The main risks of the South Pole, apart from the general hazards of the cold, are the crevasses. As you most probably will follow the logs of previous expeditions, you don't have to worry too much about them.
The major area of crevasses is just where the old and the new Antarctica meat, just by the Trans-Antarctica Mountain range, around half way to the South Pole. You could encounter black streaks of buried crevasses there, but they are harmless. Stay close to the proven longitude and you'll be fine. If in doubt you can check the snow by staking it with your ski pole. Sometimes the snow will give way under you with a thump as you ski across it. That will stop your heart for a moment, but it's just snow settling beneath your weight.
Some expeditions bring ropes for crevasse rescue. If you do, make sure you know how to perform a crevasse haul, it's not easy. Solo travelers sometimes build elaborate systems with rigid pulling handles for their sleds aimed to halt a crevasse fall. The only fatality known by us in polar travel at Antarctica is a scientist who fell into a crevasse just outside camp. But the story is a mystery still today. Much due to such factors as the team waiting for hours before actually looking for him. And longer even before calling for rescue.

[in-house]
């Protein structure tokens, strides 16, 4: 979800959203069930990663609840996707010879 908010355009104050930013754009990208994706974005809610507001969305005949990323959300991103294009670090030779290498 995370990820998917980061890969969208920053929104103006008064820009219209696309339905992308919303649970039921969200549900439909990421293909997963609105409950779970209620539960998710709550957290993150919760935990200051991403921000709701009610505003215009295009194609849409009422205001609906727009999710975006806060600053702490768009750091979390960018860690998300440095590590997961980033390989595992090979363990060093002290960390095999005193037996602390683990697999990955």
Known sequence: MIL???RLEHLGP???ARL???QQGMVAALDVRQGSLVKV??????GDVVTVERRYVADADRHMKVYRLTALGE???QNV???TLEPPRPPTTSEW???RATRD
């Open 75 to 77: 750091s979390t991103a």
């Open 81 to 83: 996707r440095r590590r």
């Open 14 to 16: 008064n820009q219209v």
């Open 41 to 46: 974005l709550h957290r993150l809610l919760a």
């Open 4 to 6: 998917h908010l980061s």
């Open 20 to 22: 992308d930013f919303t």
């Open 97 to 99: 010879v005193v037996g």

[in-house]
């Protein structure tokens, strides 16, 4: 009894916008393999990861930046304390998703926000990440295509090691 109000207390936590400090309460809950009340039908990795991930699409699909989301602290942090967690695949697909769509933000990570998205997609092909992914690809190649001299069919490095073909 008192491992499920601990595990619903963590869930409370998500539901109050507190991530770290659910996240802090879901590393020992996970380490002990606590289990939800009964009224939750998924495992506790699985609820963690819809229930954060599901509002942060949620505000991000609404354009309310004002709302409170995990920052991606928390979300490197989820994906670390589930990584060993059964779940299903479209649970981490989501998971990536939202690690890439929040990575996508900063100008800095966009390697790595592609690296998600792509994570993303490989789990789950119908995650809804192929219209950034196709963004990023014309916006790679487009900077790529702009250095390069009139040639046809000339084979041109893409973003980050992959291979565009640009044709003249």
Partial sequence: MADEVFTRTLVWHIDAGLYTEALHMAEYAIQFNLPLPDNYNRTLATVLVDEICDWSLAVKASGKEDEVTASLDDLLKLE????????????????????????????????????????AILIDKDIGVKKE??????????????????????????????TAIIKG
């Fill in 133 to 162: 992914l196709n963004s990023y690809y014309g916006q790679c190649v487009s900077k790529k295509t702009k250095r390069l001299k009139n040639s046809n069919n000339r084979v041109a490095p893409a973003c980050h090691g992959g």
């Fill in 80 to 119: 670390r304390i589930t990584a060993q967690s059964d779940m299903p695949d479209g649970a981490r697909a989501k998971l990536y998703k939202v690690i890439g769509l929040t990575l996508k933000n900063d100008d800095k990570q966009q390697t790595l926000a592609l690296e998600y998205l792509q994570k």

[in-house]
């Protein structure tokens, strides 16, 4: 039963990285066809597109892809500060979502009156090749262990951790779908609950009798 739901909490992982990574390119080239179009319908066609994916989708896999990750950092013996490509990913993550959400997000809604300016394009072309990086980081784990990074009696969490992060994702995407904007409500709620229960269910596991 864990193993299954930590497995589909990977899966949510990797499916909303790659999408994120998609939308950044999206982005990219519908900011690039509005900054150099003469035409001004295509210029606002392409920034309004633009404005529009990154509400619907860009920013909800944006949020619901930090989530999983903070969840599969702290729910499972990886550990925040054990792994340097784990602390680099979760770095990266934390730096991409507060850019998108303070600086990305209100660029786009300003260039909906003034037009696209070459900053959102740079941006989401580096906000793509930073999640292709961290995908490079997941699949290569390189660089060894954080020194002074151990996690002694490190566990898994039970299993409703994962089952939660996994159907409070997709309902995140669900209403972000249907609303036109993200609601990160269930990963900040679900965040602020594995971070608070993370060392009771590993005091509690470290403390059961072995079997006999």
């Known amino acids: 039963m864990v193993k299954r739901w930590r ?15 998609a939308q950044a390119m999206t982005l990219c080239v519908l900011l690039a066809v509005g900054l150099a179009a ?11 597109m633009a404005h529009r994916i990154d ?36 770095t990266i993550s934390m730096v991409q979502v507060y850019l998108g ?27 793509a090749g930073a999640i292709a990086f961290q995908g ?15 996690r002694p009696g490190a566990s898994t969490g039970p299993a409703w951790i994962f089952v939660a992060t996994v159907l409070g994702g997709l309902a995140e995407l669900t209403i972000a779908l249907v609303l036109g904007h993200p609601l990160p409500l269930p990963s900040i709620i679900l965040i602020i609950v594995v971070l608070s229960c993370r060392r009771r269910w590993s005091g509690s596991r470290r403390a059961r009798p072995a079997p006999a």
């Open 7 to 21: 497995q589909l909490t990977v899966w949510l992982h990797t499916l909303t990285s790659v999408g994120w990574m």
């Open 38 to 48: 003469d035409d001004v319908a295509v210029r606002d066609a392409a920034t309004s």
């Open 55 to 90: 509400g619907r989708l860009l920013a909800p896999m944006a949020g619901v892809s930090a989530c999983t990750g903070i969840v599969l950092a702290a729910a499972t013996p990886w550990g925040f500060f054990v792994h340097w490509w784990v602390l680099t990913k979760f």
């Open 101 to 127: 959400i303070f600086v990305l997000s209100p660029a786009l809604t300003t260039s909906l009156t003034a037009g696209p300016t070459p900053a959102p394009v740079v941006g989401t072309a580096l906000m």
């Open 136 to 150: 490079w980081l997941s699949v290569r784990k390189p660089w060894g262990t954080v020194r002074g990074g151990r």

Other fatalities include instead a major parachuting accident over the South Pole. All guys except one came down with unopened chutes, still frozen in free fall position. The exact cause of this accident is unknown.
The most probable outcome for you is that you'll do the entire trip without seeing one single crevasse. Tiny cracks in the ice, yes – but these are not crevasses. Your modern day dangers might instead include avoiding to get run over by polar vehicles, as the new Antartica highway is under way.